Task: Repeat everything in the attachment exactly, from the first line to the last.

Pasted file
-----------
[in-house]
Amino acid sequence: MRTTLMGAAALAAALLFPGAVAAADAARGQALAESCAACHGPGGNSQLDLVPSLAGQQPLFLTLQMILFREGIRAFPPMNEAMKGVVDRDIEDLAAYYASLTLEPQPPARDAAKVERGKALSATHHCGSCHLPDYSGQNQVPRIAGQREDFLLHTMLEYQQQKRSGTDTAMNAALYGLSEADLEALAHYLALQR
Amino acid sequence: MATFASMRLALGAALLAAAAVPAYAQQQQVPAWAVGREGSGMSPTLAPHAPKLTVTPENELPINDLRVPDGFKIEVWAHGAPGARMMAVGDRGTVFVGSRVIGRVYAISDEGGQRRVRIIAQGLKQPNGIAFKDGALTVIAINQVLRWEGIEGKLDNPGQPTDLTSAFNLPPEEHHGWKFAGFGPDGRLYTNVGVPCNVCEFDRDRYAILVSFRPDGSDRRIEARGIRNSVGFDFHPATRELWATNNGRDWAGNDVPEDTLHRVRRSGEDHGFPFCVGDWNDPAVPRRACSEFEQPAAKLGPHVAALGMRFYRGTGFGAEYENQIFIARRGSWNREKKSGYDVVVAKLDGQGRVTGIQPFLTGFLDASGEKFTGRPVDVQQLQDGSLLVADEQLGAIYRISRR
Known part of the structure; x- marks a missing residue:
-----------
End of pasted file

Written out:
[in-house]
Amino acid sequence: MRTTLMGAAALAAALLFPGAVAAADAARGQALAESCAACHGPGGNSQLDLVPSLAGQQPLFLTLQMILFREGIRAFPPMNEAMKGVVDRDIEDLAAYYASLTLEPQPPARDAAKVERGKALSATHHCGSCHLPDYSGQNQVPRIAGQREDFLLHTMLEYQQQKRSGTDTAMNAALYGLSEADLEALAHYLALQR
Amino acid sequence: MATFASMRLALGAALLAAAAVPAYAQQQQVPAWAVGREGSGMSPTLAPHAPKLTVTPENELPINDLRVPDGFKIEVWAHGAPGARMMAVGDRGTVFVGSRVIGRVYAISDEGGQRRVRIIAQGLKQPNGIAFKDGALTVIAINQVLRWEGIEGKLDNPGQPTDLTSAFNLPPEEHHGWKFAGFGPDGRLYTNVGVPCNVCEFDRDRYAILVSFRPDGSDRRIEARGIRNSVGFDFHPATRELWATNNGRDWAGNDVPEDTLHRVRRSGEDHGFPFCVGDWNDPAVPRRACSEFEQPAAKLGPHVAALGMRFYRGTGFGAEYENQIFIARRGSWNREKKSGYDVVVAKLDGQGRVTGIQPFLTGFLDASGEKFTGRPVDVQQLQDGSLLVADEQLGAIYRISRR
Known part of the structure; x- marks a missing residue: